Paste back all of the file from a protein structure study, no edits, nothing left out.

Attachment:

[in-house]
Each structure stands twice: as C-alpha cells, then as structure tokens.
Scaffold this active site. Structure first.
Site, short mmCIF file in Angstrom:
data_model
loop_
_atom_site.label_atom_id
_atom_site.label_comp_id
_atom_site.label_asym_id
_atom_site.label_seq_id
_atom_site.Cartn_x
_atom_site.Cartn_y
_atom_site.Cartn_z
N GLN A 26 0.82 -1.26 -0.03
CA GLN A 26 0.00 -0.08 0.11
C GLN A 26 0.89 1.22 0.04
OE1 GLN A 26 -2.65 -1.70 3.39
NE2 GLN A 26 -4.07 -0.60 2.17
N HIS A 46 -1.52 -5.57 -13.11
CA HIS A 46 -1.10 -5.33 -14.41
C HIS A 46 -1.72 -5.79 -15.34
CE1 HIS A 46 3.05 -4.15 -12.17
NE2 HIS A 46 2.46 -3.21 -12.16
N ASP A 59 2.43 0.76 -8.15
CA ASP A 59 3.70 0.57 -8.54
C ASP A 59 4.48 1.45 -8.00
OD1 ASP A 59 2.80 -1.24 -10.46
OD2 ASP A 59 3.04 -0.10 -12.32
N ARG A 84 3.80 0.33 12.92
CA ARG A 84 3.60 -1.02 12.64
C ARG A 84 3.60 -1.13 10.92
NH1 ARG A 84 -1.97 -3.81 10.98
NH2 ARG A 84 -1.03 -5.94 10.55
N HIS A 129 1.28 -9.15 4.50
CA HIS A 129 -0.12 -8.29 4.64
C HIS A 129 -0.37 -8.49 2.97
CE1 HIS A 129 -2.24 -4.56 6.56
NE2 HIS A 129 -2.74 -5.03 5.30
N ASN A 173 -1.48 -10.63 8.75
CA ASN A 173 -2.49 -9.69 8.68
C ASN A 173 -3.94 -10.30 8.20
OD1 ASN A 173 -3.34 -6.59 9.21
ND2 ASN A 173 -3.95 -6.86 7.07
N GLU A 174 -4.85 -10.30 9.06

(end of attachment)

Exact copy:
[in-house]
Each structure stands twice: as C-alpha cells, then as structure tokens.
Scaffold this active site. Structure first.
Site, short mmCIF file in Angstrom:
data_model
loop_
_atom_site.label_atom_id
_atom_site.label_comp_id
_atom_site.label_asym_id
_atom_site.label_seq_id
_atom_site.Cartn_x
_atom_site.Cartn_y
_atom_site.Cartn_z
N GLN A 26 0.82 -1.26 -0.03
CA GLN A 26 0.00 -0.08 0.11
C GLN A 26 0.89 1.22 0.04
OE1 GLN A 26 -2.65 -1.70 3.39
NE2 GLN A 26 -4.07 -0.60 2.17
N HIS A 46 -1.52 -5.57 -13.11
CA HIS A 46 -1.10 -5.33 -14.41
C HIS A 46 -1.72 -5.79 -15.34
CE1 HIS A 46 3.05 -4.15 -12.17
NE2 HIS A 46 2.46 -3.21 -12.16
N ASP A 59 2.43 0.76 -8.15
CA ASP A 59 3.70 0.57 -8.54
C ASP A 59 4.48 1.45 -8.00
OD1 ASP A 59 2.80 -1.24 -10.46
OD2 ASP A 59 3.04 -0.10 -12.32
N ARG A 84 3.80 0.33 12.92
CA ARG A 84 3.60 -1.02 12.64
C ARG A 84 3.60 -1.13 10.92
NH1 ARG A 84 -1.97 -3.81 10.98
NH2 ARG A 84 -1.03 -5.94 10.55
N HIS A 129 1.28 -9.15 4.50
CA HIS A 129 -0.12 -8.29 4.64
C HIS A 129 -0.37 -8.49 2.97
CE1 HIS A 129 -2.24 -4.56 6.56
NE2 HIS A 129 -2.74 -5.03 5.30
N ASN A 173 -1.48 -10.63 8.75
CA ASN A 173 -2.49 -9.69 8.68
C ASN A 173 -3.94 -10.30 8.20
OD1 ASN A 173 -3.34 -6.59 9.21
ND2 ASN A 173 -3.95 -6.86 7.07
N GLU A 174 -4.85 -10.30 9.06